“Wander a whole summer if you can…time will not be taken from the sum of life. Instead of shortening, it will definitely lengthen it and make you truly immortal.” John Muir


June 2014

Day 62: Nearly a Nearo

Miles: 16.73
Camping: PCT mile 907.34 (inside Devil’s Postpile National Monument…shhh)

At some point in the night I woke up to the sensation of a wet sleeping bag. I jolted up afraid the rain had returned. Looking out the mesh of my tent though, all I could see were millions of stars twinkling back at me. I realized I was dealing with some major condensation, and there was nothing I could do to prevent it, so I rolled over and went back to sleep. I woke up many times slightly concerned, but tired enough to keep sleeping for patches of time.

When the sun finally started lightening the sky, I knew sleeping further would be futile. I wanted to get to Red’s Meadow for lunch, and would have to stop long enough to dry out my wet tent and sleeping bag. I reluctantly began to unzip my bag when I realized that the moisture had frozen. My sleeping bag and tent had turned to ice in the night! On the plus side, I can attest to the temperature rating of my bag, as I was kept warm all night.

I went over to my bear canister, which itself was frozen shut. With nothing standing between myself and breakfast, I managed to get it open with little fuss. I made my morning coffee and had a Clif Bar before packing up camp. The other 3 girls at camp didn’t start rising until I was about ready to leave, but we all had the same goal today and I knew I’d see them at Red’s Meadow.

I hiked until I came upon an exposed rock ledge just a tad off trail. I laid out my sleeping bag and tent to dry while I enjoyed second breakfast. They both dried out pretty fast, and in was back on trail in no time. The hiking was mostly wooded, so I let my mind wander as I made my way to yet another hot meal. I did pass mile marker 900 today! I can’t believe I am on my way to 1,000 miles soon, something unside of me is a little surprised I’ve made it this far…though I have no doubt I will finish this from sheer determination alone. 900 miles!

The last section before the “resort” was an old burn area. There was a lot of new growth everywhere, contrasting with the giant dead trees in the landscape. It was actually quite pretty, seeing a new forest being born. Arriving at Red’s Meadow was an entirely different story. There were people everywhere! Being a Saturday, the place was swarming with tourists. Many of them were doing short day hikes to Rainbow Falls or the Devil’s Postpile, then taking the bus back to Mammoth. I had been outside of civilization for about 8 days and was feeling a bit overwhelmed. I was the first of my group to arrive, so I grabbed an orange creamsicle from the store and enjoyed having a cell phone signal for the first time in a week by texting friends and uploading blogs/photos.

A few tourists took an interest in me so I spent some time answering their questions. I didn’t really want to answer the same questions over and over, but people are nice and genuinely interested. It’s all new to them, but I get asked the same things everywhere I go. We joke about making a shirt with all of the answers on it so we can just point.

A couple of hours later, I still hadn’t seen any sign of my friends. Food motivation is pretty powerful stuff, so I couldn’t imagine what could be keeping them. I decided to grab a beer from the store and ended up running into old pal Goldmine. I hadn’t seen him since Ziggy and The Bear’s house about 700 miles ago. We caught up a bit, and then Pockets arrived, complaining of more pain in her Achilles. She didn’t think she could hike much farther, but we still didn’t want to spend the time/money going into town.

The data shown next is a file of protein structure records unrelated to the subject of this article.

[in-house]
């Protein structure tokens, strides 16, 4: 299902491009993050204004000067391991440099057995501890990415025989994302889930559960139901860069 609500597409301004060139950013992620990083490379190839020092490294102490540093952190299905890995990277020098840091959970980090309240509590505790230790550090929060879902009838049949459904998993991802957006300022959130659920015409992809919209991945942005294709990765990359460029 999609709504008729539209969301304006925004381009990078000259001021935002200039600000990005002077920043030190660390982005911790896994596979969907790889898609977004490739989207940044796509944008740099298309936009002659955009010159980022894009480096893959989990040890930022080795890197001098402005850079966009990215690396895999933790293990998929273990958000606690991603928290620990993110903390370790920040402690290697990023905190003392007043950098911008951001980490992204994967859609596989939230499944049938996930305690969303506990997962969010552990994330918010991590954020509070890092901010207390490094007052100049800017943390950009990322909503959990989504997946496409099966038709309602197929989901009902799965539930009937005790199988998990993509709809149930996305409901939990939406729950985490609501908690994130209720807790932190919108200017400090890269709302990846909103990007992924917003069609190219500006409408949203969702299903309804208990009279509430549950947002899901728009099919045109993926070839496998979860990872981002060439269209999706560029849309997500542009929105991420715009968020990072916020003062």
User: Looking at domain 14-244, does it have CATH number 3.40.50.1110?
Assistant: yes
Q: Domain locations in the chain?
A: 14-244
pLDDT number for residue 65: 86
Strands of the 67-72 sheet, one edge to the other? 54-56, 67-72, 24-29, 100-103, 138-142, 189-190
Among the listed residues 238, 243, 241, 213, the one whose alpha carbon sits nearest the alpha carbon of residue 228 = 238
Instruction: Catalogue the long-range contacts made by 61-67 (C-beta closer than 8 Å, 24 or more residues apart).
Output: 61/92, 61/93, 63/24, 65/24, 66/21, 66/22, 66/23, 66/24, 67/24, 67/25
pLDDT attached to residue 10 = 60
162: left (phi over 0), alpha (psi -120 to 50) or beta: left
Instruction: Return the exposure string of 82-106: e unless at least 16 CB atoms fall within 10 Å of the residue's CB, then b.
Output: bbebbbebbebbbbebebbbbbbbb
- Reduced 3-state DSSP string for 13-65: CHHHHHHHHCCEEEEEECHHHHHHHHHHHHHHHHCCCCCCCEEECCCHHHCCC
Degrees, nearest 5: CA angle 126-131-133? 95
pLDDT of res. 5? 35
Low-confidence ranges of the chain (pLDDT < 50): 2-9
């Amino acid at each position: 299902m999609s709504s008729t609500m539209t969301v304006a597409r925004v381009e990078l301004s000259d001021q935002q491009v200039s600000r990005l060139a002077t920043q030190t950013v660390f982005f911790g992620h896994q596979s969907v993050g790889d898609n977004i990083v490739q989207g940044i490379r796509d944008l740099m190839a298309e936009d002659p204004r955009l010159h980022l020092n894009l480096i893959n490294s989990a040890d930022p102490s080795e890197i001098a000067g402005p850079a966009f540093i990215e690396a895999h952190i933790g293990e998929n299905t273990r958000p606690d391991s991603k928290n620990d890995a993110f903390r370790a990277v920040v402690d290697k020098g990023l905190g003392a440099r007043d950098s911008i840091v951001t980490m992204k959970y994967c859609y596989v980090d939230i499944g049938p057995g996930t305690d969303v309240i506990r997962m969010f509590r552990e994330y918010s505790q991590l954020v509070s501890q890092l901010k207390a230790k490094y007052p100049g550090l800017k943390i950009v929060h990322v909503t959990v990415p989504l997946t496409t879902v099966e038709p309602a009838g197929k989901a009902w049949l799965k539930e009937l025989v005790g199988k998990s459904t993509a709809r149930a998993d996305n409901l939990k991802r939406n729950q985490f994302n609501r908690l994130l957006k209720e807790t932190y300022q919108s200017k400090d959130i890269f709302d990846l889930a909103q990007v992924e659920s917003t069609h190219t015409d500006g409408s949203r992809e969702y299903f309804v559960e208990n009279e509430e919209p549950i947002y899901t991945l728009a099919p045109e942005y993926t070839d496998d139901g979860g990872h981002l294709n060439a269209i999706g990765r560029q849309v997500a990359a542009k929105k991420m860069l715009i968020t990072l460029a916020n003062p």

We went into the cafe to go over our options. I had a turkey club and a root beer float, and we were invited to share a hotel room with Christine and Elaine in the town of Mammoth Lakes. We thought about it, as Pockets didn’t feel as if she could hike the 5 miles we had previously planned to do. In the end we decided to forego a trip to town and hike just 1 mile to camp. I liked this option best, as my goal is to get to Tuolumne by Monday.

We are now camped above the San Joaquin river, just a little over a mile from the Devil’s Postpile. I plan to do 19 miles tomorrow in order to shorten my hike into Tuolumne. We shall see what tomorrow holds.

Day 61: No More Pancakes Before Hiking

Miles: 14.89
Camping: Lake Victoria PCT mile 891.7

Breakfast was a sure thing at VVR, as I was told the pancakes are killer. We signed up for the 9am ferry across the lake and joined friends in the cafe. We all proceeded to do some damage to the menu, I think collectively ordering every possible thing. I got pancakes and sausage, which turned out to be less than stellar. I ate the plate clean regardless and went to pack up for the ferry.

The ride across the lake was a lot nicer than the previous day. The sun was shining and the mountains weren’t hiding behind dark, threatening clouds. Pockets and I got a quick start to the trail from shore, but just as quickly learned that our breakfast was going to prevent any designs we had on speedy hiking today. We accepted this fate, trudging along with bricks in our bellies, uphill for miles. We were ascending Silver Pass with hopes of making it to Purple Lake 17 miles up trail.

The pass was beautiful, and we were very relieved to be done climbing for the day. Pockets ate lunch, but I still wasn’t that hungry yet, so I simply snacked before we headed down the other side of the pass. I was still moving slow with a strange aching in my feet. It wasn’t that painful, but I paid close attention in case I needed to take rest early. I was moving slow either way. I listened to some podcasts to make the time pass, and we made it to Lake Victoria, almost a 15 mile day, after what seemed like an eternity. I usually leave for the day at 7am, so today’s late start was really noticeable with a late arrival to the lake.